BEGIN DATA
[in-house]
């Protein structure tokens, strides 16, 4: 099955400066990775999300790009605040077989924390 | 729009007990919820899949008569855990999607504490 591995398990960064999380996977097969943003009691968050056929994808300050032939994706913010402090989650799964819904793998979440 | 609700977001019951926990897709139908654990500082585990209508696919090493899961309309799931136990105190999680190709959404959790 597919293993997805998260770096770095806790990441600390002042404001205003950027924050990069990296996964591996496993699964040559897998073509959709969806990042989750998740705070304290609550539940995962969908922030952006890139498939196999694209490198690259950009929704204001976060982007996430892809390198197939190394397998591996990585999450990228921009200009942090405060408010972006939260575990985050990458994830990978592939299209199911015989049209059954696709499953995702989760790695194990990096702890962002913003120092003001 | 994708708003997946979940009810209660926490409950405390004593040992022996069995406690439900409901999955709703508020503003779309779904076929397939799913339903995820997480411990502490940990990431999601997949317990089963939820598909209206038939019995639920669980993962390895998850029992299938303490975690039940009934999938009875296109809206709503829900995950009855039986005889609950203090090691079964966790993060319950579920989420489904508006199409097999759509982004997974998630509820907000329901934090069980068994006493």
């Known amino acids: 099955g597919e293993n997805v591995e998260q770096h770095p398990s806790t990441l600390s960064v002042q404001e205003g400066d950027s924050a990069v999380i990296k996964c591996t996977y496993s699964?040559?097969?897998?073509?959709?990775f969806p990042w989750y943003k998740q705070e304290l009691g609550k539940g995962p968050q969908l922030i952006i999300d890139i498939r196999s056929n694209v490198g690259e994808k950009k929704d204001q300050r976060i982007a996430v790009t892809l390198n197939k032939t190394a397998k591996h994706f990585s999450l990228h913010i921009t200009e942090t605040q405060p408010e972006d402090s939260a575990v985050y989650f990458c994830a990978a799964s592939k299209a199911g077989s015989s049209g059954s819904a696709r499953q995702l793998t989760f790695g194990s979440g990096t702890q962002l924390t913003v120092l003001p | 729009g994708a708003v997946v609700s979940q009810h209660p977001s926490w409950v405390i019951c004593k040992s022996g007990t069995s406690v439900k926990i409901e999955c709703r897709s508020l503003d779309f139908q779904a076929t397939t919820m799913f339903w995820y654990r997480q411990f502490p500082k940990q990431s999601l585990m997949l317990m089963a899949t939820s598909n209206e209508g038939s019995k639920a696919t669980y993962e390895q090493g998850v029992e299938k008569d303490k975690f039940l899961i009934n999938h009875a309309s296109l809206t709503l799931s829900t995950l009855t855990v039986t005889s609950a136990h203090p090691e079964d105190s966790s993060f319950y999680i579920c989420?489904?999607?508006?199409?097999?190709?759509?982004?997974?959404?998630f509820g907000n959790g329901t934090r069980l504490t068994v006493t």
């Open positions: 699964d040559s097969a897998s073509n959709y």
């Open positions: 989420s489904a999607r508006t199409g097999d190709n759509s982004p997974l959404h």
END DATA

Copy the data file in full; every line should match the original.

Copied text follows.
[in-house]
């Protein structure tokens, strides 16, 4: 099955400066990775999300790009605040077989924390 | 729009007990919820899949008569855990999607504490 591995398990960064999380996977097969943003009691968050056929994808300050032939994706913010402090989650799964819904793998979440 | 609700977001019951926990897709139908654990500082585990209508696919090493899961309309799931136990105190999680190709959404959790 597919293993997805998260770096770095806790990441600390002042404001205003950027924050990069990296996964591996496993699964040559897998073509959709969806990042989750998740705070304290609550539940995962969908922030952006890139498939196999694209490198690259950009929704204001976060982007996430892809390198197939190394397998591996990585999450990228921009200009942090405060408010972006939260575990985050990458994830990978592939299209199911015989049209059954696709499953995702989760790695194990990096702890962002913003120092003001 | 994708708003997946979940009810209660926490409950405390004593040992022996069995406690439900409901999955709703508020503003779309779904076929397939799913339903995820997480411990502490940990990431999601997949317990089963939820598909209206038939019995639920669980993962390895998850029992299938303490975690039940009934999938009875296109809206709503829900995950009855039986005889609950203090090691079964966790993060319950579920989420489904508006199409097999759509982004997974998630509820907000329901934090069980068994006493």
């Known amino acids: 099955g597919e293993n997805v591995e998260q770096h770095p398990s806790t990441l600390s960064v002042q404001e205003g400066d950027s924050a990069v999380i990296k996964c591996t996977y496993s699964?040559?097969?897998?073509?959709?990775f969806p990042w989750y943003k998740q705070e304290l009691g609550k539940g995962p968050q969908l922030i952006i999300d890139i498939r196999s056929n694209v490198g690259e994808k950009k929704d204001q300050r976060i982007a996430v790009t892809l390198n197939k032939t190394a397998k591996h994706f990585s999450l990228h913010i921009t200009e942090t605040q405060p408010e972006d402090s939260a575990v985050y989650f990458c994830a990978a799964s592939k299209a199911g077989s015989s049209g059954s819904a696709r499953q995702l793998t989760f790695g194990s979440g990096t702890q962002l924390t913003v120092l003001p | 729009g994708a708003v997946v609700s979940q009810h209660p977001s926490w409950v405390i019951c004593k040992s022996g007990t069995s406690v439900k926990i409901e999955c709703r897709s508020l503003d779309f139908q779904a076929t397939t919820m799913f339903w995820y654990r997480q411990f502490p500082k940990q990431s999601l585990m997949l317990m089963a899949t939820s598909n209206e209508g038939s019995k639920a696919t669980y993962e390895q090493g998850v029992e299938k008569d303490k975690f039940l899961i009934n999938h009875a309309s296109l809206t709503l799931s829900t995950l009855t855990v039986t005889s609950a136990h203090p090691e079964d105190s966790s993060f319950y999680i579920c989420?489904?999607?508006?199409?097999?190709?759509?982004?997974?959404?998630f509820g907000n959790g329901t934090r069980l504490t068994v006493t």
């Open positions: 699964d040559s097969a897998s073509n959709y």
């Open positions: 989420s489904a999607r508006t199409g097999d190709n759509s982004p997974l959404h």